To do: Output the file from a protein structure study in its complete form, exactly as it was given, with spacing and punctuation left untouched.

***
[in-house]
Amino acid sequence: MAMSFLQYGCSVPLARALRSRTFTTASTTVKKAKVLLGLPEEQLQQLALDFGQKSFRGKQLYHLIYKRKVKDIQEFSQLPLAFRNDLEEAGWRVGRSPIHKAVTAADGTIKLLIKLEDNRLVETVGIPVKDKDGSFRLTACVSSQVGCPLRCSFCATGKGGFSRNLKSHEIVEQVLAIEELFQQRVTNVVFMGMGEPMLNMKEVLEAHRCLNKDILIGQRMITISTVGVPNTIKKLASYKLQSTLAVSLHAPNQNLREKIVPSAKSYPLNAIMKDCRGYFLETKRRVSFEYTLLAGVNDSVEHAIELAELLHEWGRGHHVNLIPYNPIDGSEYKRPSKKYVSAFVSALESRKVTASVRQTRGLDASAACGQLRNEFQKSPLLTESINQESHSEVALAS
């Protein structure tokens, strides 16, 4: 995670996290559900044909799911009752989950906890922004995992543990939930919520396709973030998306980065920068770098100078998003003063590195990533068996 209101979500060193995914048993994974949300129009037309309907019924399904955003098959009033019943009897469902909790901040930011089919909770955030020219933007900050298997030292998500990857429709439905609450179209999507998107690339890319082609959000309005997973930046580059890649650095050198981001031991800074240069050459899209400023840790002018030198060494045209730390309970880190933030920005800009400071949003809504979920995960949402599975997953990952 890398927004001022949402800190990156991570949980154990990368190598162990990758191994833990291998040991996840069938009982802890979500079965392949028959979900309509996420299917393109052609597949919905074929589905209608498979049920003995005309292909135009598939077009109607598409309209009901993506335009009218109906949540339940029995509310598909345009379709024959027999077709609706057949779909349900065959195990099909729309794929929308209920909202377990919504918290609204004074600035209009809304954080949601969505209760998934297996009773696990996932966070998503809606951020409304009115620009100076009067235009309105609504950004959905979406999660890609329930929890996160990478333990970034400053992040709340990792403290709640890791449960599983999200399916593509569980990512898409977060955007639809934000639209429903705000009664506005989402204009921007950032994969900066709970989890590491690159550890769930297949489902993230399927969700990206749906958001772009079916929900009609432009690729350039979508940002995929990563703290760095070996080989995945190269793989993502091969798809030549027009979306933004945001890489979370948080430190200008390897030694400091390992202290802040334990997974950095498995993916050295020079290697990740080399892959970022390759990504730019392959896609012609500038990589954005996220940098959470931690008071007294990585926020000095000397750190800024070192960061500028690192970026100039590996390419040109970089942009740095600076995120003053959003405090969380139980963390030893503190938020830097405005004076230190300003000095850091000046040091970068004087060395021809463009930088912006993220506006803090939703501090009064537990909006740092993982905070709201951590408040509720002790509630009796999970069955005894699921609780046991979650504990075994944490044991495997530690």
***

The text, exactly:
[in-house]
Amino acid sequence: MAMSFLQYGCSVPLARALRSRTFTTASTTVKKAKVLLGLPEEQLQQLALDFGQKSFRGKQLYHLIYKRKVKDIQEFSQLPLAFRNDLEEAGWRVGRSPIHKAVTAADGTIKLLIKLEDNRLVETVGIPVKDKDGSFRLTACVSSQVGCPLRCSFCATGKGGFSRNLKSHEIVEQVLAIEELFQQRVTNVVFMGMGEPMLNMKEVLEAHRCLNKDILIGQRMITISTVGVPNTIKKLASYKLQSTLAVSLHAPNQNLREKIVPSAKSYPLNAIMKDCRGYFLETKRRVSFEYTLLAGVNDSVEHAIELAELLHEWGRGHHVNLIPYNPIDGSEYKRPSKKYVSAFVSALESRKVTASVRQTRGLDASAACGQLRNEFQKSPLLTESINQESHSEVALAS
């Protein structure tokens, strides 16, 4: 995670996290559900044909799911009752989950906890922004995992543990939930919520396709973030998306980065920068770098100078998003003063590195990533068996 209101979500060193995914048993994974949300129009037309309907019924399904955003098959009033019943009897469902909790901040930011089919909770955030020219933007900050298997030292998500990857429709439905609450179209999507998107690339890319082609959000309005997973930046580059890649650095050198981001031991800074240069050459899209400023840790002018030198060494045209730390309970880190933030920005800009400071949003809504979920995960949402599975997953990952 890398927004001022949402800190990156991570949980154990990368190598162990990758191994833990291998040991996840069938009982802890979500079965392949028959979900309509996420299917393109052609597949919905074929589905209608498979049920003995005309292909135009598939077009109607598409309209009901993506335009009218109906949540339940029995509310598909345009379709024959027999077709609706057949779909349900065959195990099909729309794929929308209920909202377990919504918290609204004074600035209009809304954080949601969505209760998934297996009773696990996932966070998503809606951020409304009115620009100076009067235009309105609504950004959905979406999660890609329930929890996160990478333990970034400053992040709340990792403290709640890791449960599983999200399916593509569980990512898409977060955007639809934000639209429903705000009664506005989402204009921007950032994969900066709970989890590491690159550890769930297949489902993230399927969700990206749906958001772009079916929900009609432009690729350039979508940002995929990563703290760095070996080989995945190269793989993502091969798809030549027009979306933004945001890489979370948080430190200008390897030694400091390992202290802040334990997974950095498995993916050295020079290697990740080399892959970022390759990504730019392959896609012609500038990589954005996220940098959470931690008071007294990585926020000095000397750190800024070192960061500028690192970026100039590996390419040109970089942009740095600076995120003053959003405090969380139980963390030893503190938020830097405005004076230190300003000095850091000046040091970068004087060395021809463009930088912006993220506006803090939703501090009064537990909006740092993982905070709201951590408040509720002790509630009796999970069955005894699921609780046991979650504990075994944490044991495997530690």